Very low-protein wheat flour is used in making it (about 2% protein), along with a small amount of malted barley flour. To manufacture it, the flour is first extrusion-cooked by mechanically treating it with high heat at high pressure, then suddenly returned to normal pressure, at which point the water in the product spontaneously vaporises. Then it is dried, and ground to a granular consistency like that of salt.
Some people also use it as a cake or pastry flour. Some people like using it to make batters with, though many people have had it turn their batters grainy. Some people like to use it for dredging and coating.
Most though would consider instant flour far too expensive to be using for something that plain old flour would do far better. But a canister of it in the cupboard is handy for rescuing gravies and sauces at the last minute.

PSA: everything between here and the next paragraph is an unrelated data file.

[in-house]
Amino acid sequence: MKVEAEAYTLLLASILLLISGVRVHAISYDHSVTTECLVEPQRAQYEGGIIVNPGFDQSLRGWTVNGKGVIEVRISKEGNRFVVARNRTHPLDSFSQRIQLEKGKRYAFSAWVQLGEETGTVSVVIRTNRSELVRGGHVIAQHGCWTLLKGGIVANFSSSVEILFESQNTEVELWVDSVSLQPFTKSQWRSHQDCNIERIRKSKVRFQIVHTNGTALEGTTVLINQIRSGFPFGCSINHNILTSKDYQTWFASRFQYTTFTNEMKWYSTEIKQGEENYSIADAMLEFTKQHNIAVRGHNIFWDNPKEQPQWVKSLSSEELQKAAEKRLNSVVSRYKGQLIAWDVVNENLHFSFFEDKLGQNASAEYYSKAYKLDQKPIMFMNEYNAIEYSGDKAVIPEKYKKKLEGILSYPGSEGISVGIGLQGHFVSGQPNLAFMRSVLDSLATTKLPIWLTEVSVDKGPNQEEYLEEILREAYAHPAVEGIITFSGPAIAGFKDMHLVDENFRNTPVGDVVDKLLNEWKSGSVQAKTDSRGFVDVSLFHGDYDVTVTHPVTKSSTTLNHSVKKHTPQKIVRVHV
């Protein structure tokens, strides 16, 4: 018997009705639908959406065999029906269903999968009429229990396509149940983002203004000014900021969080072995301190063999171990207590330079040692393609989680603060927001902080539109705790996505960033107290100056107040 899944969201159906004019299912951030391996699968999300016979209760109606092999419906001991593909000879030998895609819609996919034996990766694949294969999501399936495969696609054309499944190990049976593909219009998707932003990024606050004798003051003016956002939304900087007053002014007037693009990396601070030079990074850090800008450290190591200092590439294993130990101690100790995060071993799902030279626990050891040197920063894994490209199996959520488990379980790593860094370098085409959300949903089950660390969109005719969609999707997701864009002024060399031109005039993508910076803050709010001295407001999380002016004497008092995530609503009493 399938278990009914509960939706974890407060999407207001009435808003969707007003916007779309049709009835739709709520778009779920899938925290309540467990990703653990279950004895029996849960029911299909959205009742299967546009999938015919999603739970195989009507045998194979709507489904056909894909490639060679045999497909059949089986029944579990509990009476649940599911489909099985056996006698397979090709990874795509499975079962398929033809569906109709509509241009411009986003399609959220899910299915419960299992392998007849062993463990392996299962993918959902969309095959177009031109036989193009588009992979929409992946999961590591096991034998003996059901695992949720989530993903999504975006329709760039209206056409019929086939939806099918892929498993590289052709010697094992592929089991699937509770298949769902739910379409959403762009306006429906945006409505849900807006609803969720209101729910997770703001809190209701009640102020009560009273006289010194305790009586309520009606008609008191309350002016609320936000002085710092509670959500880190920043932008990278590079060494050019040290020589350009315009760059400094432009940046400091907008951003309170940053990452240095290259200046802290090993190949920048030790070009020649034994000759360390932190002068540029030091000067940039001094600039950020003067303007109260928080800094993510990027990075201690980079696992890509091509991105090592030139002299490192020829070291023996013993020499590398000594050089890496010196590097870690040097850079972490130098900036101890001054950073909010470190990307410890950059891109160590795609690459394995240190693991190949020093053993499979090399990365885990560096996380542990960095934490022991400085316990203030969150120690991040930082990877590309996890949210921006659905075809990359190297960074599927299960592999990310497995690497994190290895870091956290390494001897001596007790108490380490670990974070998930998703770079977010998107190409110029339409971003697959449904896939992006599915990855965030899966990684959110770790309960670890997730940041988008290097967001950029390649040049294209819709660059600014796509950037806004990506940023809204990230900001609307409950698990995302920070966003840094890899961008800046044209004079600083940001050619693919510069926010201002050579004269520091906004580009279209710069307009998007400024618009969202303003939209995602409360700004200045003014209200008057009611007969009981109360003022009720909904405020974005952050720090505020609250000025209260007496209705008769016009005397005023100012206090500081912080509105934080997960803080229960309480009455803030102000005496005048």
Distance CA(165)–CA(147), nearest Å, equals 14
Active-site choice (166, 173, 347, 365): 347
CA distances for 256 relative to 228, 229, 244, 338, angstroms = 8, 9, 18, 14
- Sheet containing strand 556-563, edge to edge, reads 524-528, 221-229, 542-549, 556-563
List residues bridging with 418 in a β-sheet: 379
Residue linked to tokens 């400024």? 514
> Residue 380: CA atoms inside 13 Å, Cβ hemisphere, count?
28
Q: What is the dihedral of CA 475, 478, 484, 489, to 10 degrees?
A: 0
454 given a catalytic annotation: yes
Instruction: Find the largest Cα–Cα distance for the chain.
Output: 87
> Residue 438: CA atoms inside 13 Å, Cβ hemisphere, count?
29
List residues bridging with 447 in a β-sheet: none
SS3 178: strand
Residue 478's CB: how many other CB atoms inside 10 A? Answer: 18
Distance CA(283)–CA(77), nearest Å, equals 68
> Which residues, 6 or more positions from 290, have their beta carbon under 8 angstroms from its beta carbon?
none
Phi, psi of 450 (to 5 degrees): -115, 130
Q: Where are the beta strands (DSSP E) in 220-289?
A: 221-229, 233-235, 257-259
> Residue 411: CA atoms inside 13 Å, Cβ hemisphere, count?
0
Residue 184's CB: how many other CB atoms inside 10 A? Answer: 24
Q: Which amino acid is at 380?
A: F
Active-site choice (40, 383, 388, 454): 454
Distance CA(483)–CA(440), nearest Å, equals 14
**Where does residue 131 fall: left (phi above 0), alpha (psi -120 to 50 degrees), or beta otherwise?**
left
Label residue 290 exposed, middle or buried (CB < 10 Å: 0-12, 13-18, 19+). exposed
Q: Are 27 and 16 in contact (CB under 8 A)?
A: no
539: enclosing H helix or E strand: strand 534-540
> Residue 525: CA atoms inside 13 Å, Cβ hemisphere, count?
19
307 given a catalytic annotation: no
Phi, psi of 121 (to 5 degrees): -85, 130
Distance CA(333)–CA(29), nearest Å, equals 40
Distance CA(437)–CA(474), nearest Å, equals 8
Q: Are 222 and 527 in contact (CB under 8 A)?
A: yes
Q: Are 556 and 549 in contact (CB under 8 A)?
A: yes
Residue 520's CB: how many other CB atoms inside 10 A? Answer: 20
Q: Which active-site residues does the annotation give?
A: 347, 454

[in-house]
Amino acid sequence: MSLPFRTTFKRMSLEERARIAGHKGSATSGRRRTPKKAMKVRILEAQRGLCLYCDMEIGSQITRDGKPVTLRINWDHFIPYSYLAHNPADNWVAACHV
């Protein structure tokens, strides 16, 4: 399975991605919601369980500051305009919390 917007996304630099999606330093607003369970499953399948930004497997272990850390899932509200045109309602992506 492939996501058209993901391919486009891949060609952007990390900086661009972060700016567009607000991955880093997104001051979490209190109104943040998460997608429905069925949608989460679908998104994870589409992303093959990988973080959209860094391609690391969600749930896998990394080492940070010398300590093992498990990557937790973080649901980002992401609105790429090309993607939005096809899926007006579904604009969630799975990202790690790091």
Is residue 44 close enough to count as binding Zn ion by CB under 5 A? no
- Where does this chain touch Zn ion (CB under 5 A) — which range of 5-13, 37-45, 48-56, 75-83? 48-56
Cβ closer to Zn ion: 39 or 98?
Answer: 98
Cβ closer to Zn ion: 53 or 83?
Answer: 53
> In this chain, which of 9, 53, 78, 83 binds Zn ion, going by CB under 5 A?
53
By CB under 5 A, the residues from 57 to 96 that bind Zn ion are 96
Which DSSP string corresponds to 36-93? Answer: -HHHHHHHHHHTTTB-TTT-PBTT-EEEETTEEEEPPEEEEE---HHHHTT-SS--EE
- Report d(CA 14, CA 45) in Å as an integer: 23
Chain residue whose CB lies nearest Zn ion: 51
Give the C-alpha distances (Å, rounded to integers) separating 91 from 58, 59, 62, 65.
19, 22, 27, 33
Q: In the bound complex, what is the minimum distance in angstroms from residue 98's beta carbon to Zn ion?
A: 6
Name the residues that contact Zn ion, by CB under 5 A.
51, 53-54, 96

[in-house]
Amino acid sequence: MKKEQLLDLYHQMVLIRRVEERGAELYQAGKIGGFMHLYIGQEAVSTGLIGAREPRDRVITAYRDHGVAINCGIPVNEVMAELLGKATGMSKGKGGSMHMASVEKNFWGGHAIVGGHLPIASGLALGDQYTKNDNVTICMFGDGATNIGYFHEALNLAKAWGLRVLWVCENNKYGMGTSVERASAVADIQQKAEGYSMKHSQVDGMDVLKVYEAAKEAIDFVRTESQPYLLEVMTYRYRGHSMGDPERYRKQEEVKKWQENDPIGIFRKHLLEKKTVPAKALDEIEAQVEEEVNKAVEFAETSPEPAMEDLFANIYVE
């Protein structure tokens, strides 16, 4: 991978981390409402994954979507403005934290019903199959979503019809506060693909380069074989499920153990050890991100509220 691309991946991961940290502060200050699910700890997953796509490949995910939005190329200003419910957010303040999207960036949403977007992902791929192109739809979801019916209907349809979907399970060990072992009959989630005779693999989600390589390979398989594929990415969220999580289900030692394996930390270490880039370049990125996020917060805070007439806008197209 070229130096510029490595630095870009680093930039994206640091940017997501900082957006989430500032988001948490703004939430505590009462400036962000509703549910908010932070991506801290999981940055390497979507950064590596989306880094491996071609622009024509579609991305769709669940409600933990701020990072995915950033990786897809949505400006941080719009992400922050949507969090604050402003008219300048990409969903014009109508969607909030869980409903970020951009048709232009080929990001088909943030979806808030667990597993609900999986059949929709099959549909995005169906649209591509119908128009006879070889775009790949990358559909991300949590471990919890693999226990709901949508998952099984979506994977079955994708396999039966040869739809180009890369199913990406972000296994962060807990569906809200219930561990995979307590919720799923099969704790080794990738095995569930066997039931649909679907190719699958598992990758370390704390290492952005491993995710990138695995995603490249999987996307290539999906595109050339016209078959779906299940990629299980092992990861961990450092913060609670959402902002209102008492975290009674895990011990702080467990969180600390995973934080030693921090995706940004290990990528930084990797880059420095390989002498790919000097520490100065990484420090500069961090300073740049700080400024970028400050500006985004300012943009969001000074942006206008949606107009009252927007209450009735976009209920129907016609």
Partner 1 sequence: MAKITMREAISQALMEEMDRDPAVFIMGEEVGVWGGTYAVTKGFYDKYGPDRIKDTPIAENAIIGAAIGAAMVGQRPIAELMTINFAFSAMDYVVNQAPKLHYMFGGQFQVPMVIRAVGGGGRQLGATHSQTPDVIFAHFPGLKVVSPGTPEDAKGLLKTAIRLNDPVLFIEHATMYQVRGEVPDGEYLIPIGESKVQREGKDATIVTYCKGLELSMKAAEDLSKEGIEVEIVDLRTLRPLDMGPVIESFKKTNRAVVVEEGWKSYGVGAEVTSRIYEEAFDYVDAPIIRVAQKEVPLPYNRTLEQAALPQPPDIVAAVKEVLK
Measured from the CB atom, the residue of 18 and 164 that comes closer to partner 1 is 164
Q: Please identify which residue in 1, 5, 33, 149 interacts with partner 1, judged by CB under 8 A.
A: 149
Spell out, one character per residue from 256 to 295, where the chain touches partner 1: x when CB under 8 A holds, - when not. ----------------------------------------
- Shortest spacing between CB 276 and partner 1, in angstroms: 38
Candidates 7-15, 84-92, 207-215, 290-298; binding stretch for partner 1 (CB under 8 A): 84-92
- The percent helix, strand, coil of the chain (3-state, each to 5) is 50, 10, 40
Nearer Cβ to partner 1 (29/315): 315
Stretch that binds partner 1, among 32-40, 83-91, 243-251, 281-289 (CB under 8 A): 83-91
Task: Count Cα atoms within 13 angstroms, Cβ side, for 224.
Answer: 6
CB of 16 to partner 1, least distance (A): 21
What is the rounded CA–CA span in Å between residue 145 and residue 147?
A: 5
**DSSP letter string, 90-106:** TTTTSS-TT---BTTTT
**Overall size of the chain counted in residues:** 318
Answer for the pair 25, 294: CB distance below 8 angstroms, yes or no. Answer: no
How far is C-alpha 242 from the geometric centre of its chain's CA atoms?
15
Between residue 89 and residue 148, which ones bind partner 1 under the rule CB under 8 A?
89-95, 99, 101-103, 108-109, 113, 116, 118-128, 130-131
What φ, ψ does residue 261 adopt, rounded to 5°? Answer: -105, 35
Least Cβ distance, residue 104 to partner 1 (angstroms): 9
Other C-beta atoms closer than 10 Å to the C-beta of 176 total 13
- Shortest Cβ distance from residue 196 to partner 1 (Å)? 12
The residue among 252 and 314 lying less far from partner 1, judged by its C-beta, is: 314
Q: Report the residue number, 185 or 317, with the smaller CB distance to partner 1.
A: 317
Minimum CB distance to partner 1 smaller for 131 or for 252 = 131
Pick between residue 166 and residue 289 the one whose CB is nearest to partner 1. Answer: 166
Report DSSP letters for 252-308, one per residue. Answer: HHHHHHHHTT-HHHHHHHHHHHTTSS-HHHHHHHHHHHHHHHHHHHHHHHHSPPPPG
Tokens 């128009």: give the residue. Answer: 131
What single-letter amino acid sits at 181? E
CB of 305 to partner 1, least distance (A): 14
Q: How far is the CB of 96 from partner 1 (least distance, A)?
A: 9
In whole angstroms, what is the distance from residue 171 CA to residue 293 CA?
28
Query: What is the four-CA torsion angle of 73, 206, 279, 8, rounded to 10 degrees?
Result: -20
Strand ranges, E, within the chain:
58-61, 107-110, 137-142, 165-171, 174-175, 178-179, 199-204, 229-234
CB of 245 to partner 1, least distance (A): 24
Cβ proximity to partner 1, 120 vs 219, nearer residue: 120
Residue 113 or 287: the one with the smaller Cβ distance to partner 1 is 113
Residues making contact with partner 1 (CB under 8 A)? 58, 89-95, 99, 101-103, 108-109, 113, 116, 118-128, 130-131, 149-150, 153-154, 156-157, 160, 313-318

Do not sift before measuring.
In a sauce, you can substitute any wheat flour, though be prepared to whisk to get out lumps, and to need to cook after adding to get rid of the raw taste. Or, try Beurre Manié, or start off with a Roux.
If called for in a cake recipe, they probably are after something like Cake and Pastry flour, but like most of us you can just use all-purpose or plain flour.